Peterborough – Peterborough Museum

I tried to go to the city’s museum earlier in the year but there was a special event and it all looked a bit busy so I decided to come back. Today, on my return, I was the only visitor in the museum, which doesn’t bode entirely well for their finances.

I hadn’t realised that the building was for a long period used as a hospital and there were useful signs throughout the museum showing what used to take place in many of the rooms. This was the entrance hall where patients would come in and wait to be seen.

A little piece of history on the stairs, these are the original wooden steps which are designed to be anti-slip.

This is a Roman milestone which was located on Ermine Street, dating to around 271AD.

A heavy oak door which come from the abbot’s prison, with the power of imprisonment given to the abbey in the thirteenth century.

The Upton lead coffin which dates to around the third century and was used to bury a nine-year old boy. It isn’t known who the boy is, but it’s clear that the family had some significant wealth.

When Peterborough’s guildhall opened in 1671 there was a large meal provided for the dignitaries, which shows how little has changed over the centuries. They killed a turtle to make soup and in honour of the now dead animal, they served the soup in its shell and then painted it with the coat of arms of the MP, Sir Humphrey Orme. Orme died soon after, so I hope it wasn’t the turtle.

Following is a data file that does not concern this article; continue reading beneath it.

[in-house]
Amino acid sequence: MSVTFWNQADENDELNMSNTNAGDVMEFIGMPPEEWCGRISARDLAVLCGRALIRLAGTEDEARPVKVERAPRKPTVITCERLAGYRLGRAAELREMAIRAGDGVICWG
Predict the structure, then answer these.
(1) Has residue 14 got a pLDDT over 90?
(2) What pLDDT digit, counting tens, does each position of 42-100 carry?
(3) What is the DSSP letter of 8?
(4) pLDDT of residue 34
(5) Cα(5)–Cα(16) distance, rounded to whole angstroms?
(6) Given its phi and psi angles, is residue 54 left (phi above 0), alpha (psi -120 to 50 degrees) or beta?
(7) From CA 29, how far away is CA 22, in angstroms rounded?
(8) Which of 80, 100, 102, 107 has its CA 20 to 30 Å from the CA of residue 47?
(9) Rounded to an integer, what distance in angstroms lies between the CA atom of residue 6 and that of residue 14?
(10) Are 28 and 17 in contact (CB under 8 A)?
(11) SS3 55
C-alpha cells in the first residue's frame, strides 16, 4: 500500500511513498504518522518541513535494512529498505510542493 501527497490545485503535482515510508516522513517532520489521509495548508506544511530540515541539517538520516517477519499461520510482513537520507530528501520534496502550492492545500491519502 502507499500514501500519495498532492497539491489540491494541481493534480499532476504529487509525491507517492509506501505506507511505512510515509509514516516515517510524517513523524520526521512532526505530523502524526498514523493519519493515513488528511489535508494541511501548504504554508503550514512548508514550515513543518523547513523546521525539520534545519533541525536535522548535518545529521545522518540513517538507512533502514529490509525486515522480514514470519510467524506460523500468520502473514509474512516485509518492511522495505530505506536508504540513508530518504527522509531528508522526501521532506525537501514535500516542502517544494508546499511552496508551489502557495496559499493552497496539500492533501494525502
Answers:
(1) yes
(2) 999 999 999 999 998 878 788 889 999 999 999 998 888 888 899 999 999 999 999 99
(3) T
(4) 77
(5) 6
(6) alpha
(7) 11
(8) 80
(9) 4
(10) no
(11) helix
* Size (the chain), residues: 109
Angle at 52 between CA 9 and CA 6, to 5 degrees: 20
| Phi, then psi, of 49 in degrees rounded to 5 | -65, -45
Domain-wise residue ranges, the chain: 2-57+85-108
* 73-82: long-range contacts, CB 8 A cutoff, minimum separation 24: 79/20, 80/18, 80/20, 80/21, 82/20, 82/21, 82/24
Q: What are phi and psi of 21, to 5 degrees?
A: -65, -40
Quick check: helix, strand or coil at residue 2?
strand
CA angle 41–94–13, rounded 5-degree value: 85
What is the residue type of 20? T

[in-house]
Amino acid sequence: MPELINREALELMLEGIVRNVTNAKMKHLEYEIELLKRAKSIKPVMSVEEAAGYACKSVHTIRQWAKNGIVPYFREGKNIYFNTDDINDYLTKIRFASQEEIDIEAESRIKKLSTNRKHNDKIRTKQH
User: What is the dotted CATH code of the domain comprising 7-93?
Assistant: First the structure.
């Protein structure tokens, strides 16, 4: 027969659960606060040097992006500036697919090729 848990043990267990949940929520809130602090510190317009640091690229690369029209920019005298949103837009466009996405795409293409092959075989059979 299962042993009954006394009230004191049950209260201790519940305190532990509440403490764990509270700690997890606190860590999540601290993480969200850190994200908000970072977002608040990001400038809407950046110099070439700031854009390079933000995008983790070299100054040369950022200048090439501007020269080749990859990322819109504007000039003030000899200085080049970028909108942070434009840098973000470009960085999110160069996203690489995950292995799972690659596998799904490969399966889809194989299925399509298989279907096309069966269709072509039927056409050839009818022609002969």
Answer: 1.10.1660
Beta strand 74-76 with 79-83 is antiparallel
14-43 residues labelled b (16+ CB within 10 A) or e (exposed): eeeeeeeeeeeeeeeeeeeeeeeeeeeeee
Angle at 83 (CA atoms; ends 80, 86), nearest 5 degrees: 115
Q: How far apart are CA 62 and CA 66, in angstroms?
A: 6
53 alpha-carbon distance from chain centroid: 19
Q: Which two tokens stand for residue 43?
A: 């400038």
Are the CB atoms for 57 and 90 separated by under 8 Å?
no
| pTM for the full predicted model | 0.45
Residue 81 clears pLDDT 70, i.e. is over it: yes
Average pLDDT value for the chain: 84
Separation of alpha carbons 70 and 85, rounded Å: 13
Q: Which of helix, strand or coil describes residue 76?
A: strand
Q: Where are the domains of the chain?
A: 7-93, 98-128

A fox for visitors to stroke should they so wish.

In the early twentieth century an “evil disposed person” stole some flowers from the cemetery. This certainly seemed to cause a lot of anger and the reward of £2 would have been a very tempting sum of money for anyone who could identify the culprit.

I appear to have reached the stage in life where toys I remember as a child are now in a museum.

This is the only remaining late-Victorian operating theatre which is still in place in the UK. It was laid out in 1897 and at the time was cutting edge (excuse the pun) and even now it looks rather terrifying.

This was a much bigger museum than I had expected and there was also a special exhibition on the ground floor entitled “Treasures”. This sadly runs only until 9 January 2019 and one of the highlights of the display is the Becket Casket dating to 1180. However, my highlight was the Peterborough Chronicle, a document written on vellum between 1120 and 1154, which also contains the first recorded mention of the word ‘she’. No photos could be taken in this exhibition and it was a little unfortunate that this had three staff, I assume for security reasons, and no visitors.

Overall, this is definitely a museum which is worth visiting and I spent around an hour here. The museum is laid out in an interesting manner, although there’s quite a wide coverage of different subjects and not much depth, but space is inevitably limited. I do appreciate how the museum has marked out how the building was used as a hospital, such as the former nurses’ rooms, the main ward and the surgeon’s room.